NEW YORK, NY.- The Untitled Space
is presenting a group exhibition, BODY BEAUTIFUL, featuring works by 50 contemporary artists celebrating body positivity. Curated by gallery director Indira Cesarine, the exhibit is on view through December 20th, 2019.
BODY BEAUTIFUL features artworks across a variety of mediums including painting, drawing, photography, video, and sculpture that highlight the power of the figure. Throughout the canon of art history the human figure has been a central theme, as we grapple with our own existence, feeding a desire to self-represent and to understand our place in the universe. This exhibition presents works by contemporary artists who address the figure not just as an object of beauty, or a subject of anatomy, but rather elaborate on body positive depictions of the human form, including all body types, ages, and genders, celebrating diversity as well as the timeless beauty of the body.
What is Body Positivity? The body-positive movement, which dates back to early Victorian reforms against the corset, 1960s initiatives against fat-shaming, and more recently via social media with influencers challenging unrealistic standards of beauty, is rooted in the belief that all human beings should have a positive body image, while challenging the ways in which society presents and views the physical body. The goal of the movement is to address unrealistic beauty standards and to build the confidence of oneself and others. The movement sets forth the notion that beauty is a construct of society, and poses that this construct should not infringe upon one's ability to feel confidence or self-worth. The movement states that neither fat-shaming nor skinny-shaming is acceptable, and that all body types can and should be celebrated.
Abe Abraham, Alex Janero, Allie Fuller, Allie Wilkinson, Allison Hill-Edgar, Anna Cone, Anna Sampson, Anne Barlinckhoff, Annika Connor, Brittany Maldonado, Buket Savci, Camilla Marie Dahl, Cavanagh Foyle, Dafna Steinberg, Danielle Siegelbaum, Dolly Faibyshev, Dominique Vitali, Elisa Garcia de la Huerta, Elisa Valenti, Ellen Stagg, Elsa Keefe, Fahren Feingold, Grace GraupePillard, Haley Morris-Cafiero, Hiba Schahbaz, Indira Cesarine, Ismael Guerrier, Judy Polstra, Katy Itter, Kaya Deckelbaum, Lauren Rinaldi, Lindsey Guile, Lisa Levy, Louis Marinaro, Lynn Bianchi, Mairi-Luise Tabbakh, Marcelo Daldoce, Meegan Barnes, Natasha Wright, Nichole Washington, Reisha Perlmutter, Sarah Weber, Sarah Maple, Savannah Spirit, Sebastian Perinotti, Shaina Craft, Shamona Stokes, Shohei Kondo, Tina Maria Elena, Victoria Selbach.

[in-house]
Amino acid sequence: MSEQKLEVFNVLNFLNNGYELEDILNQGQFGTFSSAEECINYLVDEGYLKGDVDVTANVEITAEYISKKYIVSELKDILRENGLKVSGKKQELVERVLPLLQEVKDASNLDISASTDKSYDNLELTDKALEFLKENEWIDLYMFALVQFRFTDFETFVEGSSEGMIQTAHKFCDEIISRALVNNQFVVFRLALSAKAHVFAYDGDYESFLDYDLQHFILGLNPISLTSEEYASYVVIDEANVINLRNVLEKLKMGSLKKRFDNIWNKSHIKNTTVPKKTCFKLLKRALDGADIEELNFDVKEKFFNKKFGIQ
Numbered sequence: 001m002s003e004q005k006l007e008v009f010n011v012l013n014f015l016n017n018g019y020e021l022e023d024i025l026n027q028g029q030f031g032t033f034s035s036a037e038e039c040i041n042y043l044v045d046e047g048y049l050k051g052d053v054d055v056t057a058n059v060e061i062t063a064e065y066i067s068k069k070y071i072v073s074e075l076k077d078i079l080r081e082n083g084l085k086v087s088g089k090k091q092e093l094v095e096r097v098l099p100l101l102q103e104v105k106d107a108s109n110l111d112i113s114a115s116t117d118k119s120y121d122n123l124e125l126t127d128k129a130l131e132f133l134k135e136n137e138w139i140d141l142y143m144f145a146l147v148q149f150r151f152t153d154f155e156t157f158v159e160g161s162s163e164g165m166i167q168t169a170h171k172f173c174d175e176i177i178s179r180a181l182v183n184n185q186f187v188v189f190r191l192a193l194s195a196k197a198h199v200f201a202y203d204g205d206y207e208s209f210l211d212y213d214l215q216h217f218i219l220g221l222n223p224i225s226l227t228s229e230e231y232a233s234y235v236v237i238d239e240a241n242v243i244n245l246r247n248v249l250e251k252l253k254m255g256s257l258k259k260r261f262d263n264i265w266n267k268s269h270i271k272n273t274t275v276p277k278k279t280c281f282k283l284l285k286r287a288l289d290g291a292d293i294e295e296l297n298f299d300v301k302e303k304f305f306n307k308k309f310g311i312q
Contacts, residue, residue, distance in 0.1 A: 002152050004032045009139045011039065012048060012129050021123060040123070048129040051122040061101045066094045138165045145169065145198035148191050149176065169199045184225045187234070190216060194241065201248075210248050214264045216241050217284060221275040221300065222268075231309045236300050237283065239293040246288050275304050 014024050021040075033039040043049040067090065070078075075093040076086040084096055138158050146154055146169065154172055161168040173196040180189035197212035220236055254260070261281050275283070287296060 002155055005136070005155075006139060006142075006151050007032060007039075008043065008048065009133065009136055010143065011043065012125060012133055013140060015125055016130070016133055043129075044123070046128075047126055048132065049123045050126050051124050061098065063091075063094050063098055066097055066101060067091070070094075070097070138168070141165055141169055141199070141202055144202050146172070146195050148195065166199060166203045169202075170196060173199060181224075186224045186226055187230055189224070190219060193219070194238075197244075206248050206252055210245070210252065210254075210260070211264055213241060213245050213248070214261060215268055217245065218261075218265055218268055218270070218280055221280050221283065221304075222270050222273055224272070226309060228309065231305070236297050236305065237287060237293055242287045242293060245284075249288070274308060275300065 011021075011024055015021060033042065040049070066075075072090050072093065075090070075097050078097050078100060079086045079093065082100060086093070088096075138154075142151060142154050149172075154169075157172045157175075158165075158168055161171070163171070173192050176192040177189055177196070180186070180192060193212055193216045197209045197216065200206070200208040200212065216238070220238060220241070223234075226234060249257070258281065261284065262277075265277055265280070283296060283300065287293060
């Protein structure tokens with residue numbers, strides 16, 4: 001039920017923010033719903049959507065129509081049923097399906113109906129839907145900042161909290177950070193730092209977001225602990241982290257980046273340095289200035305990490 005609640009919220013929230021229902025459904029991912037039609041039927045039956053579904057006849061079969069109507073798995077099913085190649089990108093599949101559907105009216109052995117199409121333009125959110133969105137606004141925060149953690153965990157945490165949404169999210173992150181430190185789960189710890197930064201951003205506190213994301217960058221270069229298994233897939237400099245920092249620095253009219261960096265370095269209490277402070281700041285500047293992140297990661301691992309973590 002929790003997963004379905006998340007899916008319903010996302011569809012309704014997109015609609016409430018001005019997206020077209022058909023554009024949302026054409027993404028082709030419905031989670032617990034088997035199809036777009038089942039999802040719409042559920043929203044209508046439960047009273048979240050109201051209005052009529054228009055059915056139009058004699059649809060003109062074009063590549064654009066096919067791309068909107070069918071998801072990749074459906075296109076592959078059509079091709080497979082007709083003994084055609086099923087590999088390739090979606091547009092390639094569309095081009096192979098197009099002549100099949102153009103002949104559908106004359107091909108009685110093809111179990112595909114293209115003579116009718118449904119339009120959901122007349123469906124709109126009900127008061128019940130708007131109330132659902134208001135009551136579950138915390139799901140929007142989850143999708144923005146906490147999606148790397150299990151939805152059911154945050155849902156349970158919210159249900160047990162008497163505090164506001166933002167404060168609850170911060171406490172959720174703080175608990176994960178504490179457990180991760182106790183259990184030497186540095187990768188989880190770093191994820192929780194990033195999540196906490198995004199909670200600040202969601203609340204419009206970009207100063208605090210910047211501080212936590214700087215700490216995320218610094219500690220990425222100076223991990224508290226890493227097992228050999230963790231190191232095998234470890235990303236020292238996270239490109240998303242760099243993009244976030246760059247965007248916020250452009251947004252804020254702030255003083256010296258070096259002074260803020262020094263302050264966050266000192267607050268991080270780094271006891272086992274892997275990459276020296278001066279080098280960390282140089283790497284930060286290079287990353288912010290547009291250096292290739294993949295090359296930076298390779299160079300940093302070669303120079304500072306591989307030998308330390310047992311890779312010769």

Since the emergence of social media and online activism, the body positive movement has become increasingly relevant to the contemporary dialogue of diversity and inclusion. With the emergence of body activists of the last decade addressing the negative repercussions of fat shaming, including depression, eating disorders and body dysmorphia, we have seen a dramatic shift in consciousness with fatphobia slowly going by the wayside, along with the unhealthy societal demands for bodily perfection. Body activists have emphasized in particular fat shaming as a sickness in our cultural fabric. We now live in an era where body acceptance has finally become not only an important subject, but is taken seriously as central to the human experience. This dialogue has changed the lives of many women (and men) with marginalized bodies who didnt fit into societys definition of beauty or feel comfortable in their own skin. Ideals of feminine beauty in particular have historically been reserved for a select few who were blessed with privileged physiques. This beauty standard has evolved over the years from perfect hour-glass silhouettes achieved with corsets to the thin athletic figures and supermodels that dominated the 80s, waifs of the 90s and to yoga perfection of the 2000s. The beautiful people existed on their own pedestal, while the rest of humanity was overlooked. With beauty standards continuously transforming, what was once previously not accepted as beautiful has expanded into the current body positive narrative. But what does body positive really mean? Is it merely an emphasis on fat acceptance or is it truly as inclusive as the word suggest and the movement intends? The BODY BEAUTIFUL exhibition addresses this shift in our cultural experience, engaging viewers with artworks by a wide array of artists of all ages and genders, who address what the Body Positive movement means to them in 2019. As a curator I felt it was important to include works by artists of all genders and generations, as well as represent all body types in this narrative. To me Body Positive should be inclusive of all shapes and sizes, skin colors, perfections and imperfections including skinny bodies, plus size figures, pregnant bodies, bodies with stretch marks, scarring, winkles, aging - and yes, beautiful bodies size 0 to size XXXXL. I am proud to raise funds through this exhibition for Art4Equality, a new initiative I have launched that supports the creation of empowering artwork, exhibitions and public art that can impact social change, raise awareness and inspire our community. - Indira Cesarine